Which Make Better Pets: Male or Female Rabbits?

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Far from being the cute, undemanding little fluff balls you might think, rabbits need appropriate care, space and training. They also have strong personalities, especially when they mature. If you weren’t expecting this, you might be overwhelmed to discover that little Thumper is not so docile once he hits bunny puberty. Gender plays a part, with males tending to be slightly more outgoing than females. Because rabbits have such distinct individual personalities, however, it’s impossible to conclude that one sex always makes better pets than the other.

Dude Looks Like a Lady

You might think determining rabbit gender is straightforward, but pet store staff, pet owners with unexpected rabbit litters to re-home, and even animal sanctuaries regularly get it wrong. In the event of a mix-up, the best case scenario is that you have to quickly select new names for your pets, worst is you end up with a lot more rabbits than you bargained for. The male genitalia so obvious in other animals are hard to see on rabbits, so always ask your vet for confirmation of the gender during the initial check-up. If you’ve adopted a pair of young rabbits, it would be sensible to keep them apart beforehand.

Bad Behavior

While both males and females have high sex drives, the males -- bucks -- are especially liable to approach anything of a suitable size in the vicinity, including cushions, soft toys, their rabbit friends and people, and unneutered bucks may spray. Females -- does -- can be extremely territorial, mainly with other rabbits. A highly aggressive, dominant rabbit who mercilessly bullies you, your children and your dog is perhaps most likely to be an intact male, but females can also be tough cookies.

Female Frustration

While intact bucks are taking out their frustration on the teddy bear, unspayed does may display their desires in slightly less obvious ways. A series of escape attempts, including burrowing at your carpets and attempting to run past you when you come in the front door, might be as much a desire to find a mate as dissatisfaction with the habitat. False pregnancies may also occur, with the most obvious signs being nest building and pulling some of her own fur out to make a lining.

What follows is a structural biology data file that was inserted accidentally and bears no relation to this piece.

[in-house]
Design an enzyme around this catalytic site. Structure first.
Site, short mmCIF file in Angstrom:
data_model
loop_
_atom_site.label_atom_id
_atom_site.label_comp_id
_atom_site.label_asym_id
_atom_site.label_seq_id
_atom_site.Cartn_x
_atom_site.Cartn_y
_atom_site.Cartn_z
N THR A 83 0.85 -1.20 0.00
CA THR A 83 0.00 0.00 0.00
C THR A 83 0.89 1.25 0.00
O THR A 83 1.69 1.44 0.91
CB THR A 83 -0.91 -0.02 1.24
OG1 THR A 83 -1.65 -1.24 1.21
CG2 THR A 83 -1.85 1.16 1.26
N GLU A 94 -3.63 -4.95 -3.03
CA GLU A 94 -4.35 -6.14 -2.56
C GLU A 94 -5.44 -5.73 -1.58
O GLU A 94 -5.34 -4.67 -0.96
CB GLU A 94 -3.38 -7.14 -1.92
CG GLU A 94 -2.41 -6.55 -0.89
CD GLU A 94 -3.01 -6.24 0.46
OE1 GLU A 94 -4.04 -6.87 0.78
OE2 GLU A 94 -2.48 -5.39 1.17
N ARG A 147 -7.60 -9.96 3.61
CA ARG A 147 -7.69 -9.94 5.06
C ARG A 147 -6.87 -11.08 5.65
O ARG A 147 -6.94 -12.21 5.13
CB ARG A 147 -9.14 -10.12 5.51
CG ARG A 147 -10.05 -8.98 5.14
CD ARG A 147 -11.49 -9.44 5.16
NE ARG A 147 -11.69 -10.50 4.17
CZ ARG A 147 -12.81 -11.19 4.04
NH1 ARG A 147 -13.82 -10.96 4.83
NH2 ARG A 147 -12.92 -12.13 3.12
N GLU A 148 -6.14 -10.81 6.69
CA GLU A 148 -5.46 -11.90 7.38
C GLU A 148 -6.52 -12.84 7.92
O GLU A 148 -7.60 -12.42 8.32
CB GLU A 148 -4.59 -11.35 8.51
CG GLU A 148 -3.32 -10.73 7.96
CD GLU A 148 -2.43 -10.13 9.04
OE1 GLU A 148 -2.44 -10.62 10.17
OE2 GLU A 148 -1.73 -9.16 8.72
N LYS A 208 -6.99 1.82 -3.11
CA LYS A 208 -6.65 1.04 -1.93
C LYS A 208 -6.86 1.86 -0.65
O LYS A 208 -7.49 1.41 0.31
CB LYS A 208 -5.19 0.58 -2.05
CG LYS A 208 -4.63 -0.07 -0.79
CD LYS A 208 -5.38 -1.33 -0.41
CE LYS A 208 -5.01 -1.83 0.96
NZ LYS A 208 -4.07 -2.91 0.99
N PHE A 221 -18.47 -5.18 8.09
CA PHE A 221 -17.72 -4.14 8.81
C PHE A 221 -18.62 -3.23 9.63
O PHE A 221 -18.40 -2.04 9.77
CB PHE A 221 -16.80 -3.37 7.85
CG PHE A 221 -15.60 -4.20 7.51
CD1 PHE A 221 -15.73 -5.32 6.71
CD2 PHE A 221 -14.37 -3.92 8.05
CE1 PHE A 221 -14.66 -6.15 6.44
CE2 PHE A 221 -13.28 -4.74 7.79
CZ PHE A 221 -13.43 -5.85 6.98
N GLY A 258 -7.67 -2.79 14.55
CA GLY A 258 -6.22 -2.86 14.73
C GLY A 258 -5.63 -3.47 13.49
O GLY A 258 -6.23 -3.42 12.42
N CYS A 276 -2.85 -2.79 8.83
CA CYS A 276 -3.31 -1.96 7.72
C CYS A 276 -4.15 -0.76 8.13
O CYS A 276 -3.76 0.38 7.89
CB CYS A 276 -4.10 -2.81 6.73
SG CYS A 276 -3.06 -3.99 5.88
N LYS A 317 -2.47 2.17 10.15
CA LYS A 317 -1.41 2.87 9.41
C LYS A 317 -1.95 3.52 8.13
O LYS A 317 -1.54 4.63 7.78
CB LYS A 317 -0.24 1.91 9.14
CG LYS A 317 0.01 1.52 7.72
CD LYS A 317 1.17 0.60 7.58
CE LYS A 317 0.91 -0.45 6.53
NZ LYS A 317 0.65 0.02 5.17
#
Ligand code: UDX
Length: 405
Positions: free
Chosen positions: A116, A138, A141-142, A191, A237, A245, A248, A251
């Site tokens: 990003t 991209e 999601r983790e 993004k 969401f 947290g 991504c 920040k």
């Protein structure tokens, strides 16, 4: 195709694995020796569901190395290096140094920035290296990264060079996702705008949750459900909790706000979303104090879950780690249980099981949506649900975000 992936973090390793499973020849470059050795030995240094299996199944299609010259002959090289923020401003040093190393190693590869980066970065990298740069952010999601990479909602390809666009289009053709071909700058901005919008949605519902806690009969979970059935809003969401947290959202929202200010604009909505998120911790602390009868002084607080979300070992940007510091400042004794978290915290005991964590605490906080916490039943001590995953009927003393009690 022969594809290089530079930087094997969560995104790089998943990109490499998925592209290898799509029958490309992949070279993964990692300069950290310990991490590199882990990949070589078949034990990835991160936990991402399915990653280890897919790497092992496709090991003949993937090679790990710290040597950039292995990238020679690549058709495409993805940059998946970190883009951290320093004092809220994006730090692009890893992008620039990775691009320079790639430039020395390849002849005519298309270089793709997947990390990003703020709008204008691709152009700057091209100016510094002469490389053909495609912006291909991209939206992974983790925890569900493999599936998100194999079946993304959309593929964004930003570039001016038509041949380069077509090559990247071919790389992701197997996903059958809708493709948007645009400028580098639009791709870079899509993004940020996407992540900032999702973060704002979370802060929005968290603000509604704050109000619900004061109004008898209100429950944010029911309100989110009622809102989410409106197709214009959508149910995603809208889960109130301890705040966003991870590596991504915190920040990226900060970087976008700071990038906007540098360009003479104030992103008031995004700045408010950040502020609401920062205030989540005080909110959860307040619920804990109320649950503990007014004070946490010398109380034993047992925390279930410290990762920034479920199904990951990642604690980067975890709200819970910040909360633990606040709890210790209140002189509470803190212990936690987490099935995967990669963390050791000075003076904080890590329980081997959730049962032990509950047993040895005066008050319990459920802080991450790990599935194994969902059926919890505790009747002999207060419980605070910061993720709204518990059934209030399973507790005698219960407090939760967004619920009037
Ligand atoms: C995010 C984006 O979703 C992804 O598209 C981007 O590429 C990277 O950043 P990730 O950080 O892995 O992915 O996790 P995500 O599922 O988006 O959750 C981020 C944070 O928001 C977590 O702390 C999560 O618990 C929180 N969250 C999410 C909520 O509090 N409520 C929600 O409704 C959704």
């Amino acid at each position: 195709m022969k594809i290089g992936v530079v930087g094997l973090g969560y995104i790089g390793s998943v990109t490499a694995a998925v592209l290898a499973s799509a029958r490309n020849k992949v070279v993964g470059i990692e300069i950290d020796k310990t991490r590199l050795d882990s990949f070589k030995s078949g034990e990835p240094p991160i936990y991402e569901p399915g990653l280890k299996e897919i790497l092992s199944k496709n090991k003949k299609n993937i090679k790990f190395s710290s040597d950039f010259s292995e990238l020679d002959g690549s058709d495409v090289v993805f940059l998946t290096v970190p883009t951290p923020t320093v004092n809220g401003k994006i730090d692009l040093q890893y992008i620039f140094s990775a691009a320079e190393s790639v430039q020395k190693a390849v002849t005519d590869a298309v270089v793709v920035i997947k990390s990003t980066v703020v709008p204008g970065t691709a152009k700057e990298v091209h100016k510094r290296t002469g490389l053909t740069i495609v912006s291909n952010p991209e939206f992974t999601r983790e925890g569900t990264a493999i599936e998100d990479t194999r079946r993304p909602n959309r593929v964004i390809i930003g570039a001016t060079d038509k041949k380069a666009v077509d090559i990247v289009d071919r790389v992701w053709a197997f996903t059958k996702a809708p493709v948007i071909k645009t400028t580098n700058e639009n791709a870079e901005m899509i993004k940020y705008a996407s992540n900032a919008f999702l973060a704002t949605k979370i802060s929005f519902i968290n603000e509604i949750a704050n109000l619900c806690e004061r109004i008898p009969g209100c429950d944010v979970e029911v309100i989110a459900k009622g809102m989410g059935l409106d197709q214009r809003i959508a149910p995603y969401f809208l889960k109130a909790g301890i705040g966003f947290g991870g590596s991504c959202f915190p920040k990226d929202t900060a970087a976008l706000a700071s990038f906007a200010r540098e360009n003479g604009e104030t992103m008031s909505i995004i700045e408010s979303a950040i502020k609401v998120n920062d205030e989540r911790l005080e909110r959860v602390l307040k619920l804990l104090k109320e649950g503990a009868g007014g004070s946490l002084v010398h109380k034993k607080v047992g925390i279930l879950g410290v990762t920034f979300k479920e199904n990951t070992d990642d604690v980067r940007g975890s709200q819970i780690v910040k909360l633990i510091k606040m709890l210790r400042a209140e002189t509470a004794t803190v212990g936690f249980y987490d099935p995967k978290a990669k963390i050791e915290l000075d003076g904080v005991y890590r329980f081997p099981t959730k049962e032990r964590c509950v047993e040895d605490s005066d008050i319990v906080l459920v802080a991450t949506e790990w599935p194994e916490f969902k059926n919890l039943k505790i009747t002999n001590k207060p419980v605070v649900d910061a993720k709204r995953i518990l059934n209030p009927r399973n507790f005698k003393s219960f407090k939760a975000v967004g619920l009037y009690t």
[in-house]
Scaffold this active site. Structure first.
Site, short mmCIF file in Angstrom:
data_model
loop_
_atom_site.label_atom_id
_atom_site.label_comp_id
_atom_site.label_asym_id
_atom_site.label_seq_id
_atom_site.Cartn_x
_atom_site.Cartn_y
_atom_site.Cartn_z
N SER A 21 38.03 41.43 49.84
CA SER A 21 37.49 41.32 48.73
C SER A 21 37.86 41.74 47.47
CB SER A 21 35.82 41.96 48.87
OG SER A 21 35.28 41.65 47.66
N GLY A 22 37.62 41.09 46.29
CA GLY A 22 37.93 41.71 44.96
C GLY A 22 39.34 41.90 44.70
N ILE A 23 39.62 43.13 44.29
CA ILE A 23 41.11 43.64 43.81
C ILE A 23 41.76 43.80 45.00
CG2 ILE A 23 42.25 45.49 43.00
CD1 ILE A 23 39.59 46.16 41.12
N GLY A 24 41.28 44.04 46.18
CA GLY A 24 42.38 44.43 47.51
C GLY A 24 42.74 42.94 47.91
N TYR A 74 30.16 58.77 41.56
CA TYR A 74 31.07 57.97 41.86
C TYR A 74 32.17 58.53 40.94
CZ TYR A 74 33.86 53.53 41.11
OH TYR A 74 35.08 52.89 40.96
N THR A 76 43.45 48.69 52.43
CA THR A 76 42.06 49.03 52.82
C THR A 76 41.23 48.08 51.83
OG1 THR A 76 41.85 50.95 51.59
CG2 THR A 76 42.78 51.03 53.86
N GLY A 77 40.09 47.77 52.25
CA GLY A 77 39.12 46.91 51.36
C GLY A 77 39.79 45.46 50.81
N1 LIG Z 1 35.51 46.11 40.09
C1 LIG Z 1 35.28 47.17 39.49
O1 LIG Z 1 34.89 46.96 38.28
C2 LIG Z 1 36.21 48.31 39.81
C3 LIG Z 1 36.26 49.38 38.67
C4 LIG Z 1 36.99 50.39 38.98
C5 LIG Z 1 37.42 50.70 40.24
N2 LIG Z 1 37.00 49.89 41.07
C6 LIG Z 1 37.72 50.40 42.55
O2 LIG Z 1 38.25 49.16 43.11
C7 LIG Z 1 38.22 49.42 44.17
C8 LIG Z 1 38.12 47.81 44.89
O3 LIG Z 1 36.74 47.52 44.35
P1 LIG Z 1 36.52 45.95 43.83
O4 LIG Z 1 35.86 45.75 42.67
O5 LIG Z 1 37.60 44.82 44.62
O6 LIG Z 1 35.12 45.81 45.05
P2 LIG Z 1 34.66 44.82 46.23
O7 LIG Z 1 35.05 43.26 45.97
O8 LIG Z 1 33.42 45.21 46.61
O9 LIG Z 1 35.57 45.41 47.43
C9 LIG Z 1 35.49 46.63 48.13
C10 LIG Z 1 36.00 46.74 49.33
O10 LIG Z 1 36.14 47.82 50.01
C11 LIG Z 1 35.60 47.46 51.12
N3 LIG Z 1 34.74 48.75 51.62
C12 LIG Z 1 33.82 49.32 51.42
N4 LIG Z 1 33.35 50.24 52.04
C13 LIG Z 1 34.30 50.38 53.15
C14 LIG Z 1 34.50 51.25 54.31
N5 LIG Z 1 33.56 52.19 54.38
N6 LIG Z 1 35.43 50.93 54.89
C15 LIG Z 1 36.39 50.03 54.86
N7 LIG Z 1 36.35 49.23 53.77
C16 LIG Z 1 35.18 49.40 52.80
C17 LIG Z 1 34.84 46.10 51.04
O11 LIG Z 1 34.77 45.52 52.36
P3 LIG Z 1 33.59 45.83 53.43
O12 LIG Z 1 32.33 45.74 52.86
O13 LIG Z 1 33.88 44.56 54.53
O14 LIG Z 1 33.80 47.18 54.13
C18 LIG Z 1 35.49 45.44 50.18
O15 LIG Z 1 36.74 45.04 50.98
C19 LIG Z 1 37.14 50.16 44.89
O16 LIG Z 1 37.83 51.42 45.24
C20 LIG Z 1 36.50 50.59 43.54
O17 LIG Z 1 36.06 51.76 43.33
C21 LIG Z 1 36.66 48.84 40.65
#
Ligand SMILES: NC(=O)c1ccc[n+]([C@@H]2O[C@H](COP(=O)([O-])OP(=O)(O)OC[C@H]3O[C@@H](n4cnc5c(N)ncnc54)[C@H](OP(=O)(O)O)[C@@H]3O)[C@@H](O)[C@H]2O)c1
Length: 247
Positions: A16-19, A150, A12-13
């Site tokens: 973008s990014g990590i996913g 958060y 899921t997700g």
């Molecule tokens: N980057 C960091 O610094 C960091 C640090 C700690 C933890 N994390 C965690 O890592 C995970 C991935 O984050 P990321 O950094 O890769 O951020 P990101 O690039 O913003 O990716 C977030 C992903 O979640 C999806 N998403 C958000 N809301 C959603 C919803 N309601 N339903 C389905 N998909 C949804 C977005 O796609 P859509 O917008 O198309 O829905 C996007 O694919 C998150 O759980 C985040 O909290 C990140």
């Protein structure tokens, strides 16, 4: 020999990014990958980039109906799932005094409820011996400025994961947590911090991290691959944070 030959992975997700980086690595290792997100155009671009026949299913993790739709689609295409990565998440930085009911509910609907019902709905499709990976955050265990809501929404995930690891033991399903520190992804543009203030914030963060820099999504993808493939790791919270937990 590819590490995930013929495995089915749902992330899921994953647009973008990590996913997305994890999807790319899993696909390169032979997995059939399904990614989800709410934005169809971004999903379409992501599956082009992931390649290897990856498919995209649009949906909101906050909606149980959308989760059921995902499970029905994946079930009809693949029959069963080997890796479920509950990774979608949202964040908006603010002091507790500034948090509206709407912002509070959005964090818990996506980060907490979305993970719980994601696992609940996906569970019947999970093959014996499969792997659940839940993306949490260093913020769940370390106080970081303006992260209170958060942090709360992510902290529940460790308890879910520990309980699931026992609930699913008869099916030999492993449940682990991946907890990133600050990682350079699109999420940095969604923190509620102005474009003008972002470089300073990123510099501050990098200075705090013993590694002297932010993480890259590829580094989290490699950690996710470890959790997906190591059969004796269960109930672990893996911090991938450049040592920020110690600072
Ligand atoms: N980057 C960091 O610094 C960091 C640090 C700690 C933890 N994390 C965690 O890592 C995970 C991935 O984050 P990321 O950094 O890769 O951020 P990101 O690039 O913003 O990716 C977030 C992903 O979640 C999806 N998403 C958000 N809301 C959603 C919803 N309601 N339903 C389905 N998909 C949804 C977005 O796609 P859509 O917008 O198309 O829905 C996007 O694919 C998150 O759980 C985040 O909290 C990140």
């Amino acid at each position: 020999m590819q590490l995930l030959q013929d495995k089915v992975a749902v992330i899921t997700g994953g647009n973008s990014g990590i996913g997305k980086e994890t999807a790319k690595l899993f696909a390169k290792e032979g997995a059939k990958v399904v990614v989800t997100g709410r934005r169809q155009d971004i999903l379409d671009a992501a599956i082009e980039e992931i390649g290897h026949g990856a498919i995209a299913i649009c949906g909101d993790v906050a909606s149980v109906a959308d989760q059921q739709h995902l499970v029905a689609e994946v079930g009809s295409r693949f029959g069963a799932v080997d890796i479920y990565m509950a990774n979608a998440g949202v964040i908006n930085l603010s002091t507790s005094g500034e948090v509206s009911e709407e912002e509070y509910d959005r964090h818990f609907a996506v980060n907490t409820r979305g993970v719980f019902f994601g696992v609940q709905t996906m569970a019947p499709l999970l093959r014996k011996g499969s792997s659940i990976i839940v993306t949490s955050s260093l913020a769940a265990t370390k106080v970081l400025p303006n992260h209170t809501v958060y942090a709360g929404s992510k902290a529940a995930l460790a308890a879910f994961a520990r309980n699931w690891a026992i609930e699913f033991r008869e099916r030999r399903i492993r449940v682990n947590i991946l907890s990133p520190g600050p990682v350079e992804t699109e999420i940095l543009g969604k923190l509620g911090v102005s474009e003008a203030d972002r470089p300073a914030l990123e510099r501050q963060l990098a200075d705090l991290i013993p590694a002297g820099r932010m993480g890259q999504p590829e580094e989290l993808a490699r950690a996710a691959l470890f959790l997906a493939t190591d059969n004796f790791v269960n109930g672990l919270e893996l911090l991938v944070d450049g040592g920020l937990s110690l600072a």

Time for the Vet

To reduce behavioral problems, aggression, urine marking and frustration, it’s essential to get your rabbits – you should always keep rabbits in pairs – neutered or spayed. Spaying also enormously reduces the risk of uterine cancer in does. Males can and should be neutered as soon as their testicles drop, usually after about three months. Leave it too late and some of the undesirable behaviors may persist, albeit in a reduced form. Does can be spayed from 6 months onwards, although it isn't quite so urgent. Note that spaying, unlike neutering, is a major operation, so schedule extra time to care for your bunny on her return. Before getting her spayed, set up a second cage besides the main one -- she might also need to be separated from her friend for a week or so, especially if he or she tends to be boisterous.

Best Friends Forever

If you are new to rabbits, you would be best with an already bonded pair, preferably ones who have already been fixed and housebroken. Animal sanctuaries often have a great number of rabbits, of every shape, size and personality, so ask about adopting a laid-back pair or trio. Introducing two strange adult rabbits can be an exhausting business, especially with older bucks, and best avoided if you are inexperienced. An alternative to the adult couple is two young rabbits from the same litter, who will already be friends. Arrange spaying and/or neutering as soon as they are old enough. Two does work well, as does a male/female pair, although the latter combination will have to be separated until at least one rabbit has been fixed. Two young bucks can also be an option, but get them neutered early. They might not be able to have babies, but one or both might become aggressive at the onset of puberty.

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